Monday, 19 October 2015

Beach House -Thank Your Lucky Stars Album Review

When is a surprise album not really a surprise? Probably when it joins an ever increasing list of them over the last 3 or for years. From Wilco to Drake, Radiohead to Beyonce surprise albums are becoming less of a surprise every time another clunks out. This surprise album however is by far the most surprising. Why does this record exist? Two scenarios could have occurred and both are equally baffling. One if Beach House recorded this album alongside their 2 months old effort Depression Cherry there is the question of why bother with 2 albums that would purely statistically be worse than one. The other scenario is them rushing to release a 2nd album over a time period that must have been a little over a month. Both are confusing but one of the main reasons for the success of the surprise album is in its instantaneousness. Gone are the need to release a single, wait, release a video for that song, wait, announce and complete a pre album tour and hype your upcoming release at the biggest festivals and in my opinion most importantly gone is the need to answer endless monotonous questions about Taylor Swift and Kanye West to place yourself in the right demographic for people to head out on release date...and probably pirate your album anyway. The surprise album gives a freedom from this and allows a group to solely place their music as the focus and for this the surprise album is admirable.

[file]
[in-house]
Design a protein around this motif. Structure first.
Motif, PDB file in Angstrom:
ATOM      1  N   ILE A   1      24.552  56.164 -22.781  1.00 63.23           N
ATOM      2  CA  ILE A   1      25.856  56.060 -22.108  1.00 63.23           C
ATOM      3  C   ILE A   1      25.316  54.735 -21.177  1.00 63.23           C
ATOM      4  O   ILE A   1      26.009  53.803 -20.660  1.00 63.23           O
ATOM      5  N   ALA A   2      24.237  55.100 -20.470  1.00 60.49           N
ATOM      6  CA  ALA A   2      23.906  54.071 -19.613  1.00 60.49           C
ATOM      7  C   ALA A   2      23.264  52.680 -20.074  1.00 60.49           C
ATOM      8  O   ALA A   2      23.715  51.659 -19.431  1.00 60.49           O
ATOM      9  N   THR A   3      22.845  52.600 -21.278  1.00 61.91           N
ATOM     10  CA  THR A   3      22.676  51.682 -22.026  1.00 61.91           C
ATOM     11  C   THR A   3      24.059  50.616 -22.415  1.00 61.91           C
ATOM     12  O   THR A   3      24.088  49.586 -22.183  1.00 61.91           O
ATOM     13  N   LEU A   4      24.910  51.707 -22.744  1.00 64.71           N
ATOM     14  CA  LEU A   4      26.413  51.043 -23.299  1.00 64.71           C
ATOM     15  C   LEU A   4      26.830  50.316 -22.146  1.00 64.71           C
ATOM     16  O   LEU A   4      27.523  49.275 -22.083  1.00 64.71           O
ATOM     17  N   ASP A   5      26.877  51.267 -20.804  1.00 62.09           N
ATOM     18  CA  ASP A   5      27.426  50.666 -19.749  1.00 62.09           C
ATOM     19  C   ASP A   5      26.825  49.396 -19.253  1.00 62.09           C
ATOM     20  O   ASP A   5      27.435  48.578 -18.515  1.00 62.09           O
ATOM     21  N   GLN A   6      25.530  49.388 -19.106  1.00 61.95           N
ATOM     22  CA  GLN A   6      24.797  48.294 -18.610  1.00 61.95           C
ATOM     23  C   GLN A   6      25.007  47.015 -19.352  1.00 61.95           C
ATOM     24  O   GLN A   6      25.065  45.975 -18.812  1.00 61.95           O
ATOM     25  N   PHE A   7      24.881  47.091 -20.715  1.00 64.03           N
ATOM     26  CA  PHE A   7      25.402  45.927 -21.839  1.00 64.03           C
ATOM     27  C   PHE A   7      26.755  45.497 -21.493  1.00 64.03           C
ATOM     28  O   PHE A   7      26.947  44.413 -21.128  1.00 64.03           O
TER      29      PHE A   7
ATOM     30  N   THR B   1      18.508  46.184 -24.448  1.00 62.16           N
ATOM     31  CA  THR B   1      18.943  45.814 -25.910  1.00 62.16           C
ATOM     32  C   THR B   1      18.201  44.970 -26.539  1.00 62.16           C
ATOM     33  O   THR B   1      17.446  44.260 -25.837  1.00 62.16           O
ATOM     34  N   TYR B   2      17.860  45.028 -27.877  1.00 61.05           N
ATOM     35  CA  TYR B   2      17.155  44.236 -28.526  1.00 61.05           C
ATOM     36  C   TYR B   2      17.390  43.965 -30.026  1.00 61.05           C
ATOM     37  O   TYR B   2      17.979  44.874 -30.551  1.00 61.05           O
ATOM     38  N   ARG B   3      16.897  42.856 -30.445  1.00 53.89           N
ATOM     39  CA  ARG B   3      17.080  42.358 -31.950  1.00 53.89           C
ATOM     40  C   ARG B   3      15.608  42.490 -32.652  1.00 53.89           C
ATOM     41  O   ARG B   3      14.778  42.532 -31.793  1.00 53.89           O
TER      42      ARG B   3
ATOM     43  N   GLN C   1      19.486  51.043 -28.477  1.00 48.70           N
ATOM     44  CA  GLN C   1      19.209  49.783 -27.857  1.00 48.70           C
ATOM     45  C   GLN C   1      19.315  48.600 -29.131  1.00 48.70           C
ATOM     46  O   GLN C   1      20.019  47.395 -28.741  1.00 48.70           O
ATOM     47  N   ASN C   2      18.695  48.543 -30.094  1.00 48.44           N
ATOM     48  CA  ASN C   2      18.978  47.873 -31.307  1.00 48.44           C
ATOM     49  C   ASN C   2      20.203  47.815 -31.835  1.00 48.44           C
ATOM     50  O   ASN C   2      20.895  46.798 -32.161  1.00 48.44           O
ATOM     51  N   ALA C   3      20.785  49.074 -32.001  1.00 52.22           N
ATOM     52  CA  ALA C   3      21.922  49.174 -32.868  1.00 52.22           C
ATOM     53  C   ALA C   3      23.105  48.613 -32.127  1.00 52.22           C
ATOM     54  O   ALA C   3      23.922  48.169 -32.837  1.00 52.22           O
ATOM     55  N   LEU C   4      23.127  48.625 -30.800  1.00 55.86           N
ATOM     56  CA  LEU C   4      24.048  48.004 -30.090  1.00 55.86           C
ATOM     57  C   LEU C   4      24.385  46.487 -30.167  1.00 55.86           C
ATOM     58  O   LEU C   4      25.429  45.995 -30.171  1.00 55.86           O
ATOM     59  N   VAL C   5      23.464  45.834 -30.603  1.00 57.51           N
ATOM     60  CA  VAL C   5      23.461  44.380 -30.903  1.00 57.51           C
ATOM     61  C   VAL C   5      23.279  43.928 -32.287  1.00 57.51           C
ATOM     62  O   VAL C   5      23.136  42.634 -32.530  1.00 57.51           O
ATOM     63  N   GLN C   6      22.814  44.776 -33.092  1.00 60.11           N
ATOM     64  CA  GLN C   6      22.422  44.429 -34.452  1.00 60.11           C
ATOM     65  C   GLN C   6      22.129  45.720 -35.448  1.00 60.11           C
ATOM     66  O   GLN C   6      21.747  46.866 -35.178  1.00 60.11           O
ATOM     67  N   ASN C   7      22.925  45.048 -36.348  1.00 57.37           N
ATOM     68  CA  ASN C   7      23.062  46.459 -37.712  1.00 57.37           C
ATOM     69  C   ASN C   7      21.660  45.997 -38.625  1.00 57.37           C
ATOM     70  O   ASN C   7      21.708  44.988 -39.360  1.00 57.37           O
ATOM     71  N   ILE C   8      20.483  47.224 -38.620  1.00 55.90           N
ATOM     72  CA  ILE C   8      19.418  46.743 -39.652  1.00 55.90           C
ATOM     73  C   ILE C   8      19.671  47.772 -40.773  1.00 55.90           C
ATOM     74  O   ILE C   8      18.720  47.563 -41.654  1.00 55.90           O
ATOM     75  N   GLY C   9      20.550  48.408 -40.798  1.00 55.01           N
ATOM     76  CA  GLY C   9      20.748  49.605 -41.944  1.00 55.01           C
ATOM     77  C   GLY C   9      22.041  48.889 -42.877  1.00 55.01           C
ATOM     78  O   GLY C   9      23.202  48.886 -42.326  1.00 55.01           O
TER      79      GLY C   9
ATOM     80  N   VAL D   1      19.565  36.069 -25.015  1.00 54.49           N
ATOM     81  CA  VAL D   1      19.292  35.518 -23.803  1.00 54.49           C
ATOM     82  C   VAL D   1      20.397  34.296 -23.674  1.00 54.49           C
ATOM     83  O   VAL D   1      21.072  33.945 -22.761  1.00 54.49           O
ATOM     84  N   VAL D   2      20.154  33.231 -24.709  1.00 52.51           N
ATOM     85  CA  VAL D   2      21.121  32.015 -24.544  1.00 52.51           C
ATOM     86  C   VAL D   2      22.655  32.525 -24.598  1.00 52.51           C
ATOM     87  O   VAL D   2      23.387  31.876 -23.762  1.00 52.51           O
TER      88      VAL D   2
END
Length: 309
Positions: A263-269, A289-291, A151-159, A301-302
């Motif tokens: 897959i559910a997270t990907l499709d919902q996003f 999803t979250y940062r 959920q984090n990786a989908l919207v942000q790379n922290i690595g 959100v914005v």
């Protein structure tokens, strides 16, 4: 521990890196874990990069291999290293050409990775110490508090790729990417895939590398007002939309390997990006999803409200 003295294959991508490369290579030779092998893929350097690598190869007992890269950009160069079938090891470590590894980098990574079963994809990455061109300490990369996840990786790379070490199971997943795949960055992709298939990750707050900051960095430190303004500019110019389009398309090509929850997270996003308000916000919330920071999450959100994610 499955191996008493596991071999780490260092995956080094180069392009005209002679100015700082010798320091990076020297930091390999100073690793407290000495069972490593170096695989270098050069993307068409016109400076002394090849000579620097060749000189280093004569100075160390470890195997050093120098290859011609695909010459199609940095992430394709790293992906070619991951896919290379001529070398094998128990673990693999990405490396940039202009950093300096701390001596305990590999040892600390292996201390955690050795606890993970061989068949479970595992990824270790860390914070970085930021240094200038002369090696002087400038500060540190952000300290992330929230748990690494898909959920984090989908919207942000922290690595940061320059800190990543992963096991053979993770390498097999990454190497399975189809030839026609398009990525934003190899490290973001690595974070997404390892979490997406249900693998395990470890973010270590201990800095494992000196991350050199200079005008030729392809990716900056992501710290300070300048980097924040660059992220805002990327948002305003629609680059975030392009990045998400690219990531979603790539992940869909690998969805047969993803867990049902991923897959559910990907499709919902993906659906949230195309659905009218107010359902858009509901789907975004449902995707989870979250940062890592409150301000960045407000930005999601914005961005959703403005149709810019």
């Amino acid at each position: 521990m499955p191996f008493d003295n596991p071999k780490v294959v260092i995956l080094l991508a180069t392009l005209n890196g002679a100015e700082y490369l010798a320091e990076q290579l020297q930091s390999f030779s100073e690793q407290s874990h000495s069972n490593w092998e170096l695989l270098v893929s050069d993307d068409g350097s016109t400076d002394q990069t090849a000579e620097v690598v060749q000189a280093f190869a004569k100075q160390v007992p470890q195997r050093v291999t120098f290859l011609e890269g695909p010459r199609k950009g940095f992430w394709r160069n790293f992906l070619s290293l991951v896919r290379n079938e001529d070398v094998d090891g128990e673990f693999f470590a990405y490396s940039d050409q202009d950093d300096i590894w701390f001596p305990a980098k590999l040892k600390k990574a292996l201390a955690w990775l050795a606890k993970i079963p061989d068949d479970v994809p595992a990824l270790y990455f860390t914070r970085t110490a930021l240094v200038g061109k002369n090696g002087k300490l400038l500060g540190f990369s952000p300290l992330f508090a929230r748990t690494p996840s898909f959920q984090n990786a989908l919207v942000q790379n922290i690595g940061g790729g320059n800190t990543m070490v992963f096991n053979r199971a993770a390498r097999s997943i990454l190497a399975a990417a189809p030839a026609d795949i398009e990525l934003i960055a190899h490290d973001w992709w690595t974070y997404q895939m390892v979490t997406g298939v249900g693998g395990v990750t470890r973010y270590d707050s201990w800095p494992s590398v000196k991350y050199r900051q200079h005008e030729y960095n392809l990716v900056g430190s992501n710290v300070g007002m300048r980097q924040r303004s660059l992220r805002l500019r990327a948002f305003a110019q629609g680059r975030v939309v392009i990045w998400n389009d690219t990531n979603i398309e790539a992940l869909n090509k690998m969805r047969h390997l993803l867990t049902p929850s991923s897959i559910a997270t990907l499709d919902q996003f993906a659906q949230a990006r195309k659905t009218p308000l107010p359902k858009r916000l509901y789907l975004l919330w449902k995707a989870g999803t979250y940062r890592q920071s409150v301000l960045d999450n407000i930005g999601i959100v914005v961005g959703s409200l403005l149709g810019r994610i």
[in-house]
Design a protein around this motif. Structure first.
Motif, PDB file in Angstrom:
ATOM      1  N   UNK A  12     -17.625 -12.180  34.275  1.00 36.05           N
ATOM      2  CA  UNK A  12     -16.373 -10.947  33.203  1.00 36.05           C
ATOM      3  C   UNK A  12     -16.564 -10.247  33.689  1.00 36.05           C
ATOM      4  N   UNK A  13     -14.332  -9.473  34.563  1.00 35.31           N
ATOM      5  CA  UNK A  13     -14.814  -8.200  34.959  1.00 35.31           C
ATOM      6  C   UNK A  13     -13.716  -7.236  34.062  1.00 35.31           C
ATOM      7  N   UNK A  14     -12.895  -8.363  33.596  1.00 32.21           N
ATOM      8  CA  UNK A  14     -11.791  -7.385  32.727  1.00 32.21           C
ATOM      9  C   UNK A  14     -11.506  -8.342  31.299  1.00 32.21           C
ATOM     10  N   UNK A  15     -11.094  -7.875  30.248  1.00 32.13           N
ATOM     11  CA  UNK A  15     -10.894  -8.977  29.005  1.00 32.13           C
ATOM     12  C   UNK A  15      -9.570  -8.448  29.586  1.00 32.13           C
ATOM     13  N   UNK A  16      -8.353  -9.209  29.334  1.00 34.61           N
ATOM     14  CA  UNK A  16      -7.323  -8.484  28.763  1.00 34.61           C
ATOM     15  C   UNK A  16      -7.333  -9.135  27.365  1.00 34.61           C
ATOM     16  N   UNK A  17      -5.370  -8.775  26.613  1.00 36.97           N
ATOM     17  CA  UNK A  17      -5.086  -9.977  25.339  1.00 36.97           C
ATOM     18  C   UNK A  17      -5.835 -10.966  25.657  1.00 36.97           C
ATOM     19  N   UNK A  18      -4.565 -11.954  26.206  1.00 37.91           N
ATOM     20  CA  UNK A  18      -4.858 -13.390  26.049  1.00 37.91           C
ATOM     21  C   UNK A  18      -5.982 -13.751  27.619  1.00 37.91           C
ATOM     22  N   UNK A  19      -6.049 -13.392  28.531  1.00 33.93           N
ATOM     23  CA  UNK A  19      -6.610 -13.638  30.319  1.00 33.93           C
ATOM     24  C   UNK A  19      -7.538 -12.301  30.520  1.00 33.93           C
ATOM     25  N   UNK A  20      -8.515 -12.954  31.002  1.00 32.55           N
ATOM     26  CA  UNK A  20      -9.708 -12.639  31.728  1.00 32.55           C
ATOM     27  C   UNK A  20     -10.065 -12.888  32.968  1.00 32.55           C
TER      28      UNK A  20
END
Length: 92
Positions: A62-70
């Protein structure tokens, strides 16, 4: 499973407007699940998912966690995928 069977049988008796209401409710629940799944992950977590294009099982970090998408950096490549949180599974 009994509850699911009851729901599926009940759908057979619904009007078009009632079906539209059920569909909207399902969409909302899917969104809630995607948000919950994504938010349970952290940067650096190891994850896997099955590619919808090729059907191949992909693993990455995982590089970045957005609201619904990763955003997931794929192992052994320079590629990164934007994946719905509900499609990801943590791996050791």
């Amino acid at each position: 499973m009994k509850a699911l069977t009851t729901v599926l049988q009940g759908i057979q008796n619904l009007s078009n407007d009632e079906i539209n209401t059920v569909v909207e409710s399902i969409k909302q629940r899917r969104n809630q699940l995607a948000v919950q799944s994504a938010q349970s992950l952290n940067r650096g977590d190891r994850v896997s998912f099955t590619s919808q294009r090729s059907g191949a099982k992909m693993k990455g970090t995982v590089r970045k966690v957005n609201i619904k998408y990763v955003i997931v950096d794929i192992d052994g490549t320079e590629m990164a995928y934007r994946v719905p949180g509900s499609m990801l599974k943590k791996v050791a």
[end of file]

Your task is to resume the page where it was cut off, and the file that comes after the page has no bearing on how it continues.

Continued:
Unfortunately for Beach House focusing on the music exposes many of the frailties of the group. Their dream pop frothiness has by now over the course of the previous albums reached the highest peak it will ever hit and for this band to ever reach any sort of higher status they must deviate.

However 'Thank Your Lucky Stars' is not the album in which this happens.

The album does have many highs. The organ sounds throughout are nothing short of exquisite and some of the songs do stand out as notable. In particular tracks like 'All Your Yeahs' show them at their staple dream pop peak with a great musical breaks that you can really get carried away with and float on. The partner pieces 'The Traveller' and 'Elegy to the Void' are certainly the highlights of the record. Musically and lyrically they hit all the right place and Legrands vocals are at their best even approaching a different sort of sound that would be excellent to hear more of.

The rest of this album unimpressed me. With a lot of filler very few tracks hit any sort of memorableness.

This record is a real shame, its not untruthful in saying that taking the best of this album and Depression Cherry could have produced a really excellent album but instead we are left with 2 average albums, a lot of question and no way in sight for Beach House to match or better 'Teen Dream.'

Dominic Allan

No comments:

Post a Comment